A recent Pope still had an Advent wreath of four red candles (and no center candle):
The Advent wreath began its appearance as a decorative item in American Lutheran and Catholic churches around 1940.
The first use of an Advent wreath I was able to find in an American publication was in the Deaconess Annals of the Lutheran Deaconess Motherhouse of Milwaukee, Wisconsin, published in 1937, where it was reported that the sisters had decorated their dining room with an Advent Wreath and that on the First Advent Sunday it appeared “with its solitary candle to symbolize the first Advent promise.” This, however, still seems to be a “home use” of the wreath rather than a liturgical use during worship.
The first mention of an Advent wreath in a church appears in a description of a practice of the monks of St. John’s Abbey in Collegeville, Minnesota, in 1941, but that wreath was suspended, and therefore very much unlike its liturgical use today.
An article in the Kansas City Star, published on 23 Dec 1951, says Immanuel Lutheran Church had an Advent Wreath in Kansas City in 1951. All four candles in its wreath were red. (The article calls the Advent wreath, “a Swedish rite.”) Moreover, there is some sort of ceremony involved in “installing the candles.”
A liturgical use during public worship also appears in an American Catholic publication issued in 1955.
An article in the Portland Oregonian (Dec. 1, 1962) describes the history of the wreath in the Bethlehem Lutheran Church in Portland. The congregation, founded as a Norwegian congregation, had sponsored a German couple, Klaus and Helga Hoenisch, who, in 1956, had an Advent wreath in their home. Their former pastor saw it and asked for one for his own family. Then in 1957, an Advent Wreath was “hung above the altar.”
From an article in the Rockford Morning Star (Rockford, Illinois), Dec. 14, 1957, it is established that Lutheran churches had incorporated a lighting ceremony into their December worship services:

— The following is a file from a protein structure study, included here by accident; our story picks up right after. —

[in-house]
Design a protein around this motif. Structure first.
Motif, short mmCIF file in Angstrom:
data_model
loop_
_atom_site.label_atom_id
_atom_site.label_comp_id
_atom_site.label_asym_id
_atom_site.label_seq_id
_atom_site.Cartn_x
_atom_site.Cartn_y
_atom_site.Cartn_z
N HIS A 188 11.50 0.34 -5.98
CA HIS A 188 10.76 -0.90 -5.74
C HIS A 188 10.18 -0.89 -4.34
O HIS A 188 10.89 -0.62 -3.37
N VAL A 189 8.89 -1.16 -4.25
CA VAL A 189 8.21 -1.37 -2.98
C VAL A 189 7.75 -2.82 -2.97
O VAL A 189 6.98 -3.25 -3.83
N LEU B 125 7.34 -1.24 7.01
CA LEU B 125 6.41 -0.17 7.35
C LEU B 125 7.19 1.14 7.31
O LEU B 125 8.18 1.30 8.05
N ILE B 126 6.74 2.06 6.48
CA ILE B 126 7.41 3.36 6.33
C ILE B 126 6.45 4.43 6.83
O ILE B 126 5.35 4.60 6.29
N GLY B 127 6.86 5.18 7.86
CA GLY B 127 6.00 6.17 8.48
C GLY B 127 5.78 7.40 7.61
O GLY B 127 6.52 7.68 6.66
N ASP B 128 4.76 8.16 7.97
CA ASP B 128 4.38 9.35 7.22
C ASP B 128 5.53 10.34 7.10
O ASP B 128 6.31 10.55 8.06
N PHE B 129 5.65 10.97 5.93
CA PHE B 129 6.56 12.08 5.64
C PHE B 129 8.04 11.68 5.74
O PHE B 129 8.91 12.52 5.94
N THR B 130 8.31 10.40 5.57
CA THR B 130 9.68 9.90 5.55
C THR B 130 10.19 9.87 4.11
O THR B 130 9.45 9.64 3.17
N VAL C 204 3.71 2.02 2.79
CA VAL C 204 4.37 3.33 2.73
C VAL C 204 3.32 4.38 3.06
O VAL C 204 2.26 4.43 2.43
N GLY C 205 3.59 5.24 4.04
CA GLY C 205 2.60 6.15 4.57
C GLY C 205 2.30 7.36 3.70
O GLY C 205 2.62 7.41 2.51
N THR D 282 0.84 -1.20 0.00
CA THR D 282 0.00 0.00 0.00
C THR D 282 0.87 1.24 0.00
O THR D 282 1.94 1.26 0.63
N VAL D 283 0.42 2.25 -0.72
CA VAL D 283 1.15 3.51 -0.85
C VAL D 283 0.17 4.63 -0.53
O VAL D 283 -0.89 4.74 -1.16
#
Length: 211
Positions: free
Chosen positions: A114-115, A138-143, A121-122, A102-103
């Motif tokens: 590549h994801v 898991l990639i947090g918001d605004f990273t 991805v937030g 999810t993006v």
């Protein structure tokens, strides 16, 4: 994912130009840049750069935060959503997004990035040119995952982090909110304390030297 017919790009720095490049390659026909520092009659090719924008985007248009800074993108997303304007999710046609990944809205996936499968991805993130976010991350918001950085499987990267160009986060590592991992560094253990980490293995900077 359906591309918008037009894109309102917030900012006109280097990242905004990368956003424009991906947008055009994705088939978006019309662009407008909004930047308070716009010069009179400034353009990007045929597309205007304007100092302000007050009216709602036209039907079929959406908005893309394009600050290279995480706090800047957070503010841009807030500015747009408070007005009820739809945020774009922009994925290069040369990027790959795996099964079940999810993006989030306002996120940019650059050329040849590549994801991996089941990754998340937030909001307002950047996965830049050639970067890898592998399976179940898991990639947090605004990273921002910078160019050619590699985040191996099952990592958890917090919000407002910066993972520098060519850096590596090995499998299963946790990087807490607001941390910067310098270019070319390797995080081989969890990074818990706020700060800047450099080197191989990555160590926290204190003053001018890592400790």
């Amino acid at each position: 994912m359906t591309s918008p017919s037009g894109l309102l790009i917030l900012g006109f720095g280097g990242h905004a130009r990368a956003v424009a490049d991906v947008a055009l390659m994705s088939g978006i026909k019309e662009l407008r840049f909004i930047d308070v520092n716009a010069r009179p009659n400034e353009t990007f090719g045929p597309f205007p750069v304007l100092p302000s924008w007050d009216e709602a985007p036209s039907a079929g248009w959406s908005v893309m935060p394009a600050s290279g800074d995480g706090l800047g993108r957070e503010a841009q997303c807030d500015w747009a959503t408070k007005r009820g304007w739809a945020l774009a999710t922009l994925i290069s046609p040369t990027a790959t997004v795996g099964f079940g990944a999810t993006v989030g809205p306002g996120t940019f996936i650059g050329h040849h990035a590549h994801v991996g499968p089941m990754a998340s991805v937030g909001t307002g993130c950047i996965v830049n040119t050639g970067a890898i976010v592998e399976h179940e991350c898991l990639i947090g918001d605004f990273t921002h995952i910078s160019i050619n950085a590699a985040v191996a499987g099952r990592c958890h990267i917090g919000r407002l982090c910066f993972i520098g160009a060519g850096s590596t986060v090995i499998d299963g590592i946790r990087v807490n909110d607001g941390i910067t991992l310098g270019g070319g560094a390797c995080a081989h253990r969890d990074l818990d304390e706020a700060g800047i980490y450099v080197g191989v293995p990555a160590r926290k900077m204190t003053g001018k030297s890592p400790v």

From this next article published on 27 Nov 1958 about a service at St. Paul’s Lutheran Church in Greenfield, Massachusetts, it appears that the original liturgical use didn’t ascribe a theme to any of the candles, the focus was instead on the increasing light as the day of the birth of the Christ child approached.
All the candles were white.
From: Springfield Union (Springfield, MA), Nov. 27, 1958.
St. Paul’s Lutheran Church, Greenfield, Massachusetts:
So use of an Advent Wreath in American Christian worship is a fairly new idea, and took place sometime after the birth of a significant number of the members of our own congregation.
When the liturgical use began, the emphasis was on going from darkness to light, so, each week another candle was lit to symbolize this movement. That was the emphasis rather than an emphasis on a particular theme as a focus of a particular Sunday of Advent.
The earliest evidence I’ve found of a different theme being associated with each candle of Advent appears in 1961.
An article in the Beaumont (Texas) Journal on Saturday, 09 Dec 1961, describes the use of Advent wreaths at St. John’s Lutheran Church and at the Prince of Peace Lutheran Church. (See attached.)
These two Lutheran churches located in the same Texas city had different practices regarding the Advent wreath in 1961.
The wreath at St. John’s Lutheran used three purple candles and a fourth pink or rose candle for the fourth Sunday of Advent. The article says “Sometimes a fifth candle, often white, is added to the ring on Christmas Eve.”